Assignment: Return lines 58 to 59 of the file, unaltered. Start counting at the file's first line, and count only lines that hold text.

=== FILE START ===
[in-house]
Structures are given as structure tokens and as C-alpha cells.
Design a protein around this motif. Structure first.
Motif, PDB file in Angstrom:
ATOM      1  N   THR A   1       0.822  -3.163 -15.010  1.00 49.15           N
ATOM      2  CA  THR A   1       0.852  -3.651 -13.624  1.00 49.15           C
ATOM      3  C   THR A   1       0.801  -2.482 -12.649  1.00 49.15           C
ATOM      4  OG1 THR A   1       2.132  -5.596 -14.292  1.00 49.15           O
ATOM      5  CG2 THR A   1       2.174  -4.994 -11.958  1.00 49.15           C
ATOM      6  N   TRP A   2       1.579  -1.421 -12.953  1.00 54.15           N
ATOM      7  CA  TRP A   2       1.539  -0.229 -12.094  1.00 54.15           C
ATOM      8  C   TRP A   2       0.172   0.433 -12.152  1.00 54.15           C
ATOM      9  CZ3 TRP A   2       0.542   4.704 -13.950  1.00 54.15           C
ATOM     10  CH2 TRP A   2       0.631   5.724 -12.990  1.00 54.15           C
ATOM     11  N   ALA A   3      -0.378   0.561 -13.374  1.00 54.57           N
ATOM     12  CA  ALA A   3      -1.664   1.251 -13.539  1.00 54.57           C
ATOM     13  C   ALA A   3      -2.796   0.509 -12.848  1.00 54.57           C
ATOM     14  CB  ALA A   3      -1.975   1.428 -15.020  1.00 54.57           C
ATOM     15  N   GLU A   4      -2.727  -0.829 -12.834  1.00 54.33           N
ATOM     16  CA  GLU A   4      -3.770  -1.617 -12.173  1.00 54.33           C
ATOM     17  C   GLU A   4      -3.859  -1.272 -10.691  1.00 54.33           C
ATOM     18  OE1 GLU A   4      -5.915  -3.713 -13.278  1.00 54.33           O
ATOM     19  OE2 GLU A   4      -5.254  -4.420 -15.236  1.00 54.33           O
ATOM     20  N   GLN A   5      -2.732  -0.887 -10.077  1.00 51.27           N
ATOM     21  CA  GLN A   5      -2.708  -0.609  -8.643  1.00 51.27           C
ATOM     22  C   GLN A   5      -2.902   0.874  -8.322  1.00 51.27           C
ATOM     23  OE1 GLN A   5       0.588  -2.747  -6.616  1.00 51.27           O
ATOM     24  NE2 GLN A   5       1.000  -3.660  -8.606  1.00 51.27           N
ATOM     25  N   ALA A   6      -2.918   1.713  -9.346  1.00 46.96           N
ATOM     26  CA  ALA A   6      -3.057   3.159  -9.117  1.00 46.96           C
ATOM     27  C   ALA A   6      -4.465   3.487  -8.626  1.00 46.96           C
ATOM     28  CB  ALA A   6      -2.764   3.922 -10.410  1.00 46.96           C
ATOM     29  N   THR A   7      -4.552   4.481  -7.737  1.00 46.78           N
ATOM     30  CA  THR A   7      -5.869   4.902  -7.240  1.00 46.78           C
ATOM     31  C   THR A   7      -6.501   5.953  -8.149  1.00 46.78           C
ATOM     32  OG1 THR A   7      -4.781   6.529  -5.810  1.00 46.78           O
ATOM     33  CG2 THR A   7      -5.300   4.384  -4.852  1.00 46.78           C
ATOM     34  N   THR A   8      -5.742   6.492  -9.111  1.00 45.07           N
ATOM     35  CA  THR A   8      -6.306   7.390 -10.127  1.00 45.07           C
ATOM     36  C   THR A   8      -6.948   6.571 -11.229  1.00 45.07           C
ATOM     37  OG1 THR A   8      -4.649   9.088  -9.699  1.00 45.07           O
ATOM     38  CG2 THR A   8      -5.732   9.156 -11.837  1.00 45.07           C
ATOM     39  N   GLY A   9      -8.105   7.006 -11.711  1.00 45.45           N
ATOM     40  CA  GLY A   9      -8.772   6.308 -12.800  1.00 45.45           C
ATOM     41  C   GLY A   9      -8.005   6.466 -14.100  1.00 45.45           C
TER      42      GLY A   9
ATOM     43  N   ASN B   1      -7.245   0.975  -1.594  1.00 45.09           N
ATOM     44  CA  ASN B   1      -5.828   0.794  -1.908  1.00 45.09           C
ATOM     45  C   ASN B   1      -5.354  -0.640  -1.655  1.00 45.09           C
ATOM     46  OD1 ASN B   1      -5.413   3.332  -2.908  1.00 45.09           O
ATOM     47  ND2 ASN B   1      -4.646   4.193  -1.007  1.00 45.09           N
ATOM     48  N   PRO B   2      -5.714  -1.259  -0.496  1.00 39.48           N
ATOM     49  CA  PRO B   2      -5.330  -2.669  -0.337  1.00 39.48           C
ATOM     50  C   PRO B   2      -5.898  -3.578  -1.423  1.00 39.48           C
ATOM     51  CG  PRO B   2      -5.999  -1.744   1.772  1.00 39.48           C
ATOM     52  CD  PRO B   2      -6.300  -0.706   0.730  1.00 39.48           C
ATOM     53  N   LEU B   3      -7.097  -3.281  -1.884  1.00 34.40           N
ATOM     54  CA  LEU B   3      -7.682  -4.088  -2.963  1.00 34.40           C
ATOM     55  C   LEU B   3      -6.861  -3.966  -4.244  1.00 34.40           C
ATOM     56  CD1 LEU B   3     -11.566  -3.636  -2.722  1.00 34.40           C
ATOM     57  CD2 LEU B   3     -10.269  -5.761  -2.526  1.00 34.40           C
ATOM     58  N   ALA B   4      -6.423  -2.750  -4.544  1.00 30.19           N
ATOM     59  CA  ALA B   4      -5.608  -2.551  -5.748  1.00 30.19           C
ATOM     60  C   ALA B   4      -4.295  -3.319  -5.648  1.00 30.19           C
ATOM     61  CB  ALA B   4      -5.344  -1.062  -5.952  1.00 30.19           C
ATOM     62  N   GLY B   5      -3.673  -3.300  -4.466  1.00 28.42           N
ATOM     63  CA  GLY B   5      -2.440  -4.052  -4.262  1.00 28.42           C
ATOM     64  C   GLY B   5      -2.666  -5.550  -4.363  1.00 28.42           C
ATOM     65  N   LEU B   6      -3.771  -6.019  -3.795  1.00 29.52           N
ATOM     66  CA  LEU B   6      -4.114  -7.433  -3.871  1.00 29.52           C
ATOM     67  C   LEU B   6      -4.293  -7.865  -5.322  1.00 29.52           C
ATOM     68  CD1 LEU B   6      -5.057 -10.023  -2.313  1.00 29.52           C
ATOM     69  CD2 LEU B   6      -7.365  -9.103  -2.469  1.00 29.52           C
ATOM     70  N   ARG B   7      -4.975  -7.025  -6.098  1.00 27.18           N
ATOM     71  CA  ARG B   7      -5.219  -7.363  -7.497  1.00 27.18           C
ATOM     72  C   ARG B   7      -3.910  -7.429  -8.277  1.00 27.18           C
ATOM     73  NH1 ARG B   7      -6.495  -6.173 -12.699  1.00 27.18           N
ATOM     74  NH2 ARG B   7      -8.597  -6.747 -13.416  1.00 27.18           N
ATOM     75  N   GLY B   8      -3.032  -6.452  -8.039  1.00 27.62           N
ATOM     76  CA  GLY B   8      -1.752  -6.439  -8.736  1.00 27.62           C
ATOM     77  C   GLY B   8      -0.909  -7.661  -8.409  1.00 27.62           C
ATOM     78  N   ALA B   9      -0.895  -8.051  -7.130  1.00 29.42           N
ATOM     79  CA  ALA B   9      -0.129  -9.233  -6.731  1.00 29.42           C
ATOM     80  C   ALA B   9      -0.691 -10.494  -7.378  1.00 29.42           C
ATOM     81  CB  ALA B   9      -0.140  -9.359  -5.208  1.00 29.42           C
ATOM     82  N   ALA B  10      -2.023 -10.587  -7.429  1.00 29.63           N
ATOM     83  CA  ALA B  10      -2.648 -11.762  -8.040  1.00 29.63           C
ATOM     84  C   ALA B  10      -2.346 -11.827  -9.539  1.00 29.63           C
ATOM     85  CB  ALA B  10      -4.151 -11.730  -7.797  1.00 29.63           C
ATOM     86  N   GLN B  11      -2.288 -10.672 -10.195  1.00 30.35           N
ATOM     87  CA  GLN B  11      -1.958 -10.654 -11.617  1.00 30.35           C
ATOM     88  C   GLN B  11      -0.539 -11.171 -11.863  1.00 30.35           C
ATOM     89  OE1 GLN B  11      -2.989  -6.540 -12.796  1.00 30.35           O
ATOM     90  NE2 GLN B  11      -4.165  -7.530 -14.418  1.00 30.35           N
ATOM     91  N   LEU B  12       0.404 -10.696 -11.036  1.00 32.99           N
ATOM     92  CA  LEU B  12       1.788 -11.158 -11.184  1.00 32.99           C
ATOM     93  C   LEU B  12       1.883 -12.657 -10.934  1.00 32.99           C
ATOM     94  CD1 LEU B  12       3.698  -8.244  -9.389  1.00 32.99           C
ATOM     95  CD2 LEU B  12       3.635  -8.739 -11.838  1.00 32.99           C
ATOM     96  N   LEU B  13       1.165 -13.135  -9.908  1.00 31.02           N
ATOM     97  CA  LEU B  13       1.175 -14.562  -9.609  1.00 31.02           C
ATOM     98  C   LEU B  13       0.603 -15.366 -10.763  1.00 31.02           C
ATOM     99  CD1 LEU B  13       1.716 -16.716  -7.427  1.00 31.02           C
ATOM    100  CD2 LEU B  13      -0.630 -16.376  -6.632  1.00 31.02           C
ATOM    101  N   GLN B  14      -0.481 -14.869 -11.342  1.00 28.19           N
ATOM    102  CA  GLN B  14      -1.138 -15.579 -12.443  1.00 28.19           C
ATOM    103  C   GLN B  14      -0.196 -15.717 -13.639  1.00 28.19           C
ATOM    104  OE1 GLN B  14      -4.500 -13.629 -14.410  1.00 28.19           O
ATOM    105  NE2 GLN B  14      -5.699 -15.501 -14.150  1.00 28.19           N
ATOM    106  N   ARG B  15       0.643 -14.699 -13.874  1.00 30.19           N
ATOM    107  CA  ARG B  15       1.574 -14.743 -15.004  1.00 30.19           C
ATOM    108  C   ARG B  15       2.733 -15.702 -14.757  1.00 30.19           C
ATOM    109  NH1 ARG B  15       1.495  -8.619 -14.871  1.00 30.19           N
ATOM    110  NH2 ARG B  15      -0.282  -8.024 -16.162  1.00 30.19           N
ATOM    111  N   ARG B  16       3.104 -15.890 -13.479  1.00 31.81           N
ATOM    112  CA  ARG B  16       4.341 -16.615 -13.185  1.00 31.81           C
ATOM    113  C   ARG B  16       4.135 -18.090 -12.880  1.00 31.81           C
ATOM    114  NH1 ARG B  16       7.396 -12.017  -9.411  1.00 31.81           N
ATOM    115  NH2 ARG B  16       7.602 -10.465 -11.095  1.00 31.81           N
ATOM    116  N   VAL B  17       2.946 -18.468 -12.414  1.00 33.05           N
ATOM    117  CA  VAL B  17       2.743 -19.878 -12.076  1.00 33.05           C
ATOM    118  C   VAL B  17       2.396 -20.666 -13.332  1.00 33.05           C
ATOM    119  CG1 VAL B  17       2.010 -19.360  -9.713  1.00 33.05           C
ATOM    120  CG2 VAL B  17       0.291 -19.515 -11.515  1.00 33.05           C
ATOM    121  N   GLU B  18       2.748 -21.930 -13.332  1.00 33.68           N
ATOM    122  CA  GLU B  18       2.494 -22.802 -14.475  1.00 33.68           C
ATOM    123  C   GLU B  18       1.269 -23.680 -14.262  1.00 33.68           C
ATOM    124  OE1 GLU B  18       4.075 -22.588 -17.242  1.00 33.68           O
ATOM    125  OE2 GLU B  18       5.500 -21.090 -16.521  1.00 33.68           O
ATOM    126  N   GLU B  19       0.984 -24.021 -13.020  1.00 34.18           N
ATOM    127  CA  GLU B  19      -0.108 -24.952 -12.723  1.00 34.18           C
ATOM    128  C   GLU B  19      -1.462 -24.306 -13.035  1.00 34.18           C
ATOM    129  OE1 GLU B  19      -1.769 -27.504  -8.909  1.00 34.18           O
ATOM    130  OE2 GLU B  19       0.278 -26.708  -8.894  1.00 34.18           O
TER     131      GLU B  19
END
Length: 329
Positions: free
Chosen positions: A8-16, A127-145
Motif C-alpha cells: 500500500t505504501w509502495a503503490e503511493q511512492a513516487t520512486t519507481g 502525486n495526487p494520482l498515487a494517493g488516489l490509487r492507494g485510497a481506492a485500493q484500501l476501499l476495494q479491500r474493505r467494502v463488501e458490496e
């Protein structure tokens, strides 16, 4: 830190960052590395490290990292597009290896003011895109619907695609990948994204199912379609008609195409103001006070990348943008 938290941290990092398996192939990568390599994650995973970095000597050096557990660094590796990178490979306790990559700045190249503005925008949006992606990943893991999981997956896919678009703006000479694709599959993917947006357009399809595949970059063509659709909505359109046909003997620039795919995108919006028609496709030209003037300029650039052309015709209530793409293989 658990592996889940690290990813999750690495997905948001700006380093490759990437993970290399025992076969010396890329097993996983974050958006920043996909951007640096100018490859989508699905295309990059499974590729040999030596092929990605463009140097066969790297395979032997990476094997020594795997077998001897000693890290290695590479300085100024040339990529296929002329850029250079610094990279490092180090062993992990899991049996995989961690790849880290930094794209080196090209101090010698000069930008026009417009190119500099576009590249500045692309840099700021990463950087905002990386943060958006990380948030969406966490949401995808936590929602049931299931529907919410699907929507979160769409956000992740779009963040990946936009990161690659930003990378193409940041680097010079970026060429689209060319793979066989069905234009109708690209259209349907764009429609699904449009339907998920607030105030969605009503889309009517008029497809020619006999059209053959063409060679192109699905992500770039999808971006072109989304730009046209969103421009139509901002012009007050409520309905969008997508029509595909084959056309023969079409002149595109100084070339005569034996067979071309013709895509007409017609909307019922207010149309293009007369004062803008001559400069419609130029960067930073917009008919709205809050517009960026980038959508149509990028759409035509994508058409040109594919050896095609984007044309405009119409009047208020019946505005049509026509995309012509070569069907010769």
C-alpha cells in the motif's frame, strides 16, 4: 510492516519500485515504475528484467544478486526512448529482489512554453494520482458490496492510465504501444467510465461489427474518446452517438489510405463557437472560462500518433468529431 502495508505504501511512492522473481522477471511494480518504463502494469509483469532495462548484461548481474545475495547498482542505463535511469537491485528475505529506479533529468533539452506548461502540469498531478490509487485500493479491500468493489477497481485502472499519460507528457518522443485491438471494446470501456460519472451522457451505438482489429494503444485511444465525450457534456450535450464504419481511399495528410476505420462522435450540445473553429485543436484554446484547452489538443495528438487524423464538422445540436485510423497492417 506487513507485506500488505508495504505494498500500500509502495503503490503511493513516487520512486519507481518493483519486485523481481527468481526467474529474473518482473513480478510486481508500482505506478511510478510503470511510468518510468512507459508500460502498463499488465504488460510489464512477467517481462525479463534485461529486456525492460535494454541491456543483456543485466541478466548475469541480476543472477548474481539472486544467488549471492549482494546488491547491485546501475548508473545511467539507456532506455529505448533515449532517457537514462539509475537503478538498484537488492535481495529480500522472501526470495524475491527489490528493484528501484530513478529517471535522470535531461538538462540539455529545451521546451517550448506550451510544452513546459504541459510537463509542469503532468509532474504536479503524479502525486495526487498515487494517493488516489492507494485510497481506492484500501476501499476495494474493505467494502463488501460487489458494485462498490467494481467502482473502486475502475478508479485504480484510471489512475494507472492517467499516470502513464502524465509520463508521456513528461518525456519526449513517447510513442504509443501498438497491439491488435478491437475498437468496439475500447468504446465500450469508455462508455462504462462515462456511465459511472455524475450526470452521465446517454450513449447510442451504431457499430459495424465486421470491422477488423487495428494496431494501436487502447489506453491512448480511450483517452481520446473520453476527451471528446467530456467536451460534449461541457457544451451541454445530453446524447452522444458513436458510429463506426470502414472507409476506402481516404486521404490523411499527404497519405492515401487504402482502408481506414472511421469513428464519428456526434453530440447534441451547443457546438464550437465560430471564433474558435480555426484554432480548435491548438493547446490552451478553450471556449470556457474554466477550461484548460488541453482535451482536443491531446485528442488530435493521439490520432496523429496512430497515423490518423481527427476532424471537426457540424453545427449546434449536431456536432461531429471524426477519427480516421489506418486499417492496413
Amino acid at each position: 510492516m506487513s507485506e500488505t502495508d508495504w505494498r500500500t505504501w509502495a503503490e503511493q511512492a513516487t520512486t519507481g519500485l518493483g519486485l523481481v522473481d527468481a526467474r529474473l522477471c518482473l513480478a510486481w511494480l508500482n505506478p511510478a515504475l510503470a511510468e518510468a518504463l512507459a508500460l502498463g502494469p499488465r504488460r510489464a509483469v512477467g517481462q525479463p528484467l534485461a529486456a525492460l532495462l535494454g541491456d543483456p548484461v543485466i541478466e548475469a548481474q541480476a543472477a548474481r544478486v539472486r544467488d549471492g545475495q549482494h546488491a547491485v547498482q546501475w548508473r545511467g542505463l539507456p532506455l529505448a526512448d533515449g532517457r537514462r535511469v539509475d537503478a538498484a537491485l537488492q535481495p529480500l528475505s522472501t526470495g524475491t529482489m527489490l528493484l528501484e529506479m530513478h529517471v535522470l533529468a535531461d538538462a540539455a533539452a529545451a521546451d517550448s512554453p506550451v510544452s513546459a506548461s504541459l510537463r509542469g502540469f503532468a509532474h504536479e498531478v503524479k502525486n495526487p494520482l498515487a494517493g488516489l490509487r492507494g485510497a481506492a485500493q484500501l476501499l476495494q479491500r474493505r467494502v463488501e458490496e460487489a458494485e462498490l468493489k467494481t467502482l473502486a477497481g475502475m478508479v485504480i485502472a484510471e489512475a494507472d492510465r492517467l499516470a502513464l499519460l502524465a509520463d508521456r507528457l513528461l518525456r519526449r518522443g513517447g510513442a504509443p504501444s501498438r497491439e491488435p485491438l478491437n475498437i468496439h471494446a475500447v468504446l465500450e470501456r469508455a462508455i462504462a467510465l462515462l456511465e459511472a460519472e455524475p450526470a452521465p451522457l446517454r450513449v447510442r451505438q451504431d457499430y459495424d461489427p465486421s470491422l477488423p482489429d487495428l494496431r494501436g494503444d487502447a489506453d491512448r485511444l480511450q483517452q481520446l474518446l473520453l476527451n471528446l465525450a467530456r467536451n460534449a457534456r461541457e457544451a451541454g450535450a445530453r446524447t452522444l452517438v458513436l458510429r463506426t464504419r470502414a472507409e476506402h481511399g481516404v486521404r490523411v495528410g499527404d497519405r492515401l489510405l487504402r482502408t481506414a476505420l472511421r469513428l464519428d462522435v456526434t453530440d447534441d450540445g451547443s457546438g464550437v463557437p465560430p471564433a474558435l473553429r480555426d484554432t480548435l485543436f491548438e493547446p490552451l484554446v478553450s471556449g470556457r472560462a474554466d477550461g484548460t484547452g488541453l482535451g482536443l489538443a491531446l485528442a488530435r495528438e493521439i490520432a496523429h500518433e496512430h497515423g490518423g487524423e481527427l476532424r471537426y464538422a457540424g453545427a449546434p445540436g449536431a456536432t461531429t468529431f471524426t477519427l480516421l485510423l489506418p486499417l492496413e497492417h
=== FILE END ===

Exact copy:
ATOM     54  CA  LEU B   3      -7.682  -4.088  -2.963  1.00 34.40           C
ATOM     55  C   LEU B   3      -6.861  -3.966  -4.244  1.00 34.40           C